"I was absolutely euphoric," Schanwald recalled. "It's not every day in my life I'm all of a sudden surrounded by a mob of photographers and reporters shouting questions. I remember then they ushered me back to a room and told me John Paxson was on the phone waiting to talk to me. So I picked up the phone and the first thing John Paxson says to me is, 'Hello, Stan.'
"We felt we were really on our way back," Schanwald added. "And for three years there we were."
We made the decision to rebuild the team and we are very happy we went in that direction - Michael Reinsdorf
Tuesday, it will be Michael Reinsdorf on stage for the announcement with Joey in the sequestered room. Team president Michael says Joey is his good luck contribution.
"The Bulls are important to our family and my relationship with my kids is important to me, and Joey really enjoys these types of things," said Michael. "So I thought, ‘Let’s go all in and see if we can bring a little luck.’ Joey helped influence the Bulls’ decision to push to bring the All-Star game here (NBA selected Chicago to host the event in 2020), and he goes to Northwestern and last year they made the NCAA Tournament for the first time, so maybe he’s on a roll."
"I used to be very superstitious back in the day," Michael related. "During the build up to and throughout the championship years, I often wore a lucky shirt or would sit in the same seat. I think everyone in the family was superstitious. I remember game six against Portland (and) we’re down 15 points going into the fourth quarter. My dad gets up and went to the old governors (dining) room to watch in there. When we started to come back, I ran into the governors room and said to come back out and he said, ‘Not a chance.’ He wasn’t going to change our luck. But it’s been awhile since I’ve done that."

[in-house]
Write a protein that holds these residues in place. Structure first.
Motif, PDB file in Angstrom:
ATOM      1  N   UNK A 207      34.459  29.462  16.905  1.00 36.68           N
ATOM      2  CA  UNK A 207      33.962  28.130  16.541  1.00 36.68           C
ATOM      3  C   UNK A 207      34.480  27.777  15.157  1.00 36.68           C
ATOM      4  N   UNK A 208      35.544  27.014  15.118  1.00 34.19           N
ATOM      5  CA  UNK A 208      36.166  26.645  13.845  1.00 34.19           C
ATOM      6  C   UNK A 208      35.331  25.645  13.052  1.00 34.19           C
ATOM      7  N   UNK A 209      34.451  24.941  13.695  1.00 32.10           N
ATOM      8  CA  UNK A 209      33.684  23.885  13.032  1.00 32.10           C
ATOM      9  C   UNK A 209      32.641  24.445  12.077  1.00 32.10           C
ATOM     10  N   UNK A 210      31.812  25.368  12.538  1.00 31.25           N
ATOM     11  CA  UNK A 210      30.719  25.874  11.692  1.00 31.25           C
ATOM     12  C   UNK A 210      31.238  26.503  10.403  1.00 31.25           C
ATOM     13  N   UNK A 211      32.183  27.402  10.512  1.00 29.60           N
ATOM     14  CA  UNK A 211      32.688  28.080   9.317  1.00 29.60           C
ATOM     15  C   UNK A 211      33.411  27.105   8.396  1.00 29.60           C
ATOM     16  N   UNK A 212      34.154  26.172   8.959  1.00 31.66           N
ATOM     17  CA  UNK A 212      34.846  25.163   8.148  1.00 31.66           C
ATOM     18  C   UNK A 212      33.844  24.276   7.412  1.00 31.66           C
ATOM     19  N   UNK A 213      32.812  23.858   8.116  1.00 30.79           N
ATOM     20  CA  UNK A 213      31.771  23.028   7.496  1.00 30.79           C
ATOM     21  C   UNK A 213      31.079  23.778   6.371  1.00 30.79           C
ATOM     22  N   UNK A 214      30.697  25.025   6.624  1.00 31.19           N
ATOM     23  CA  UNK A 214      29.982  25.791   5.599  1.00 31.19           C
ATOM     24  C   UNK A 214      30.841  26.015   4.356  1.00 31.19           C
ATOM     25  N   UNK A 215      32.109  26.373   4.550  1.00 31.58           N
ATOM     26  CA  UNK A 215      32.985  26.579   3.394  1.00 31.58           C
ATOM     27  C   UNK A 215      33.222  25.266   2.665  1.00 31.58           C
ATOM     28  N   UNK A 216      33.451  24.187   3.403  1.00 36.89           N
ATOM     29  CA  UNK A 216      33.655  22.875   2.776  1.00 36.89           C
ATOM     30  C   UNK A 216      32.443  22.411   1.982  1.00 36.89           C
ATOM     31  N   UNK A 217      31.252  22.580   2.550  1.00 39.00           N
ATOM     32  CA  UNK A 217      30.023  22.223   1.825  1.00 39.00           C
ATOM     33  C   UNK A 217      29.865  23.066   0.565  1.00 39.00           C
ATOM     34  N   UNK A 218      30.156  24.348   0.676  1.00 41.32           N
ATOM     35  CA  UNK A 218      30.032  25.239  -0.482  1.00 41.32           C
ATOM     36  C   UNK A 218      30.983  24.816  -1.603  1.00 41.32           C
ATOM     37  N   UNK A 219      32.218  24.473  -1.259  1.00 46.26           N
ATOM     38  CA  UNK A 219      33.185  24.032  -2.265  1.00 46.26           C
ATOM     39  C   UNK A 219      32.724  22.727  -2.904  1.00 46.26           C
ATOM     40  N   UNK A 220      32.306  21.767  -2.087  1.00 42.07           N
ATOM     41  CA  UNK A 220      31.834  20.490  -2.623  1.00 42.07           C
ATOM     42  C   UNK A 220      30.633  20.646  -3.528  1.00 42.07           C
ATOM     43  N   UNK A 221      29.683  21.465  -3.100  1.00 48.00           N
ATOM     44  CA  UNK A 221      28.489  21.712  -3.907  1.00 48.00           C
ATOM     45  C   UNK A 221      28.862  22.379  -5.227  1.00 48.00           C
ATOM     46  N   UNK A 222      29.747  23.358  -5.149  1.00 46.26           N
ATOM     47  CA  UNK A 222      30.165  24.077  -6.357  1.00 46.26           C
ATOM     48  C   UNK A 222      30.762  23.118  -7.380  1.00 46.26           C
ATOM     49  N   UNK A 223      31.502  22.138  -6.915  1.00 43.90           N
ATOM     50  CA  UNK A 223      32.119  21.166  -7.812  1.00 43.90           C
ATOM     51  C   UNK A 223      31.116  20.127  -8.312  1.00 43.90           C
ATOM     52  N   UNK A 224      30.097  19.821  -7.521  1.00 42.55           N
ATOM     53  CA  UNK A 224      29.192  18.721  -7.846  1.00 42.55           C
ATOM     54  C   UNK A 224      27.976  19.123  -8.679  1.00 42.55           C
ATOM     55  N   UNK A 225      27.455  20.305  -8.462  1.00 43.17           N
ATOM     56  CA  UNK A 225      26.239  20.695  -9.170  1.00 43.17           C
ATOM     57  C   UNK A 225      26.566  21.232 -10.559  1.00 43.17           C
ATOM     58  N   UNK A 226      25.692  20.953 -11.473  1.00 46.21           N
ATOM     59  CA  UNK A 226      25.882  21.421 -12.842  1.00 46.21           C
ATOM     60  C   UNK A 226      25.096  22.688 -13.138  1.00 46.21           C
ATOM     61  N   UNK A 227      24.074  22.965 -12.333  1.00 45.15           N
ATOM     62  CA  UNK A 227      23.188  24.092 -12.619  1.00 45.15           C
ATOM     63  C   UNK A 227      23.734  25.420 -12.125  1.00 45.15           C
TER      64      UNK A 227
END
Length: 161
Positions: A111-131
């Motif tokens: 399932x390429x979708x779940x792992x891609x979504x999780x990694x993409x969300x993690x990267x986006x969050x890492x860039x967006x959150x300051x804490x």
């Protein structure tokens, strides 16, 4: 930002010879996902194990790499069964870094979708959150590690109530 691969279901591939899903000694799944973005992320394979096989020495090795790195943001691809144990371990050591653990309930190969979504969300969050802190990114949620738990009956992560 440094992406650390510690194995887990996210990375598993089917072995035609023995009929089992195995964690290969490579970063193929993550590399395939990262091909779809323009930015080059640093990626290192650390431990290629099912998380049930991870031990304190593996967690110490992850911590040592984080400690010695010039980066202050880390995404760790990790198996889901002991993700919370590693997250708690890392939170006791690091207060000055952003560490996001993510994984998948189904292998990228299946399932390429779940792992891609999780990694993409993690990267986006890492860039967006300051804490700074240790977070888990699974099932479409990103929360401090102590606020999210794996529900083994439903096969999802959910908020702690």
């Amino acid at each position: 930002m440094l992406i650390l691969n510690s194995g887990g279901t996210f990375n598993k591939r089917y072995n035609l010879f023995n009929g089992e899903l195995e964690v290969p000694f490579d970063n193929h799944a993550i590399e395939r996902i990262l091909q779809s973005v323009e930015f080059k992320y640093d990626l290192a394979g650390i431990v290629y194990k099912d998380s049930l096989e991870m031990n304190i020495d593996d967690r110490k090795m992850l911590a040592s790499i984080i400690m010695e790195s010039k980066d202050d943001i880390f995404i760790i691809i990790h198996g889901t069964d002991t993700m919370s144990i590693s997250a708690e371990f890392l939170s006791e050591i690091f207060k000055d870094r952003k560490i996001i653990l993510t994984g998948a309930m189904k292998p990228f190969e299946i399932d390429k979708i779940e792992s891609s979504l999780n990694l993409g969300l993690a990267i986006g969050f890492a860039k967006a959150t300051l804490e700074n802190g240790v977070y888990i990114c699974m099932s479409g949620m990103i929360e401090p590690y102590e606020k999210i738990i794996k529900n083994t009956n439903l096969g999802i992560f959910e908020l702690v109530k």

Michael said the Bulls had talked internally about having Sister Jean from Loyola represent the team on the dais. But league rules require team personnel or related.
"Obviously, if we are lucky enough—We have an 18.3 percent chance to jump into the top three—we’ll get a special type of player," said Michael Reinsdorf. "There’s always more risk as you move down in the draft. So a move into the top three would be exciting and it allows you more flexibility. You see what Boston did with the first pick last year getting (Jayson) Tatum and maybe a lottery pick this year or next year.
"We made the decision to rebuild the team and we are very happy we went in that direction," said Michael. "We feel Lauri Markkanen is going to be a very special player. Kris Dunn surely showed he is going to be a player you have to reckon with. He made a major advancement this year. Zach (LaVine) with a limited role was (excellent). When we had all three guys together, you could see the potential and now you add a strong player in this year’s draft. My preference is not to be in the lottery again next year, but I understand that part of rebuilding does result in being in the lottery. Right now our concern is to get ready for this year’s draft and enable next year’s team to take the next step up from where we were this year."
So, Joey, you'll be with the bouncing balls.
"For the lottery," said Joey Reinsdorf, "I will be bringing a picture of my family and keeping it in my pocket. They are always by my side when I have the most luck, such as getting accepted into Northwestern. I am also hoping that my family will bring good luck to the Bulls.
"I will also be setting an alarm at 11:11 a.m. to remind me to make a wish," Joey added. "Unfortunately I can't say what I will be wishing for; otherwise, it won't come true. I understand that the right balls being picked is not in my control, but it never hurts to add the extra effort."